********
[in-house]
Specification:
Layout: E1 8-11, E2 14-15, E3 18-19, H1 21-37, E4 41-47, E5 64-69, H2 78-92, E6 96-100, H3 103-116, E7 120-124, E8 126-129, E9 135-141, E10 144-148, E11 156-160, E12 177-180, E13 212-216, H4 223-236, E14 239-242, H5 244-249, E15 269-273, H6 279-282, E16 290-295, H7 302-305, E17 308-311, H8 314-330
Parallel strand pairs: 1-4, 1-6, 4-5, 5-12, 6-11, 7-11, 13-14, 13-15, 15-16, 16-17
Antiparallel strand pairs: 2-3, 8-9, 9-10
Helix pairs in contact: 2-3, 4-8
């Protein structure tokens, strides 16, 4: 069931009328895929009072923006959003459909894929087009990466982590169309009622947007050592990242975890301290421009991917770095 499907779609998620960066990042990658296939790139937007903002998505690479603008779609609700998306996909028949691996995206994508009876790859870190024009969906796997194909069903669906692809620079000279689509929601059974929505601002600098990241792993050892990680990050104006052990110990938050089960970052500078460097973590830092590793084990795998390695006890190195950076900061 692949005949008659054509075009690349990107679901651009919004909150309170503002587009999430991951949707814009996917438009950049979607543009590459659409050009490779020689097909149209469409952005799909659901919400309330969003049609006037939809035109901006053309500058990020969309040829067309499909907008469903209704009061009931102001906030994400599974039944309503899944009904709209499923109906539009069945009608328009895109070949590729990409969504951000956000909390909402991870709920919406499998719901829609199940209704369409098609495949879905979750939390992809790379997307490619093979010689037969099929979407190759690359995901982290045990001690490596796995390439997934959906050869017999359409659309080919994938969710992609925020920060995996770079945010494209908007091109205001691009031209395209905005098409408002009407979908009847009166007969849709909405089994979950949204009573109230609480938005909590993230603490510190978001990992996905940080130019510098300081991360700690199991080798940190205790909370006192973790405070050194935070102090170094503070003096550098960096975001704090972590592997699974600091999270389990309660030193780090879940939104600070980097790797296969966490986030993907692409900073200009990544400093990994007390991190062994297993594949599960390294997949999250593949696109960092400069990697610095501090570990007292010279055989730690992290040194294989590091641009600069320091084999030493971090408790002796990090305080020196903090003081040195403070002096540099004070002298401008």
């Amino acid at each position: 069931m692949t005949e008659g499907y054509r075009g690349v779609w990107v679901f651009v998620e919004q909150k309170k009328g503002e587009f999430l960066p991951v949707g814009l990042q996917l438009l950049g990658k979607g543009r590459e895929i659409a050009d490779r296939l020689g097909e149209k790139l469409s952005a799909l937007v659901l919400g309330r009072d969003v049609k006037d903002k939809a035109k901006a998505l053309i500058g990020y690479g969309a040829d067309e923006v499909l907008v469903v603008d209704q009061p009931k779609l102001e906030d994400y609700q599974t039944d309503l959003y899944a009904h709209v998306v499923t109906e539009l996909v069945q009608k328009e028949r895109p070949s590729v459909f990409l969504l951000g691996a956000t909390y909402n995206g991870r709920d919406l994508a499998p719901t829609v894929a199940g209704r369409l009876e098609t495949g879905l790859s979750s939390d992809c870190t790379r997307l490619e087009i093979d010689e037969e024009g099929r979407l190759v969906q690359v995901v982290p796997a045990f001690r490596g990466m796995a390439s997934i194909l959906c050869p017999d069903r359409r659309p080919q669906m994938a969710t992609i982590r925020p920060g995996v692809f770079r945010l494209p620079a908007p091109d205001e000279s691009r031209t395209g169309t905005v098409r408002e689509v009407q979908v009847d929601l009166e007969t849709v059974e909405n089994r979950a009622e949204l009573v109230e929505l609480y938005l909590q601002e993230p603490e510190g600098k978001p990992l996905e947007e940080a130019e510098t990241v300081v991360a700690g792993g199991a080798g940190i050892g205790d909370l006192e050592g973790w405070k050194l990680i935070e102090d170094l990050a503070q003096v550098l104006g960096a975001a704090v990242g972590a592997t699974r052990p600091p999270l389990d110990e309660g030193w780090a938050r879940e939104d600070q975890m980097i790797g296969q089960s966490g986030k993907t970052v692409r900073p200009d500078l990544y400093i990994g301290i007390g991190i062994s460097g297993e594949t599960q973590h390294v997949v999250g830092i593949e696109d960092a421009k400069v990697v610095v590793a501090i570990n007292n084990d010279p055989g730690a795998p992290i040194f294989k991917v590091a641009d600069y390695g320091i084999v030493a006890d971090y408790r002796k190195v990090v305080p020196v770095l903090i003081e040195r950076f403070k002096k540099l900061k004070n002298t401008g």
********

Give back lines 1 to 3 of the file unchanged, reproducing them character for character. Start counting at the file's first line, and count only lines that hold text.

[in-house]
Specification:
Layout: E1 8-11, E2 14-15, E3 18-19, H1 21-37, E4 41-47, E5 64-69, H2 78-92, E6 96-100, H3 103-116, E7 120-124, E8 126-129, E9 135-141, E10 144-148, E11 156-160, E12 177-180, E13 212-216, H4 223-236, E14 239-242, H5 244-249, E15 269-273, H6 279-282, E16 290-295, H7 302-305, E17 308-311, H8 314-330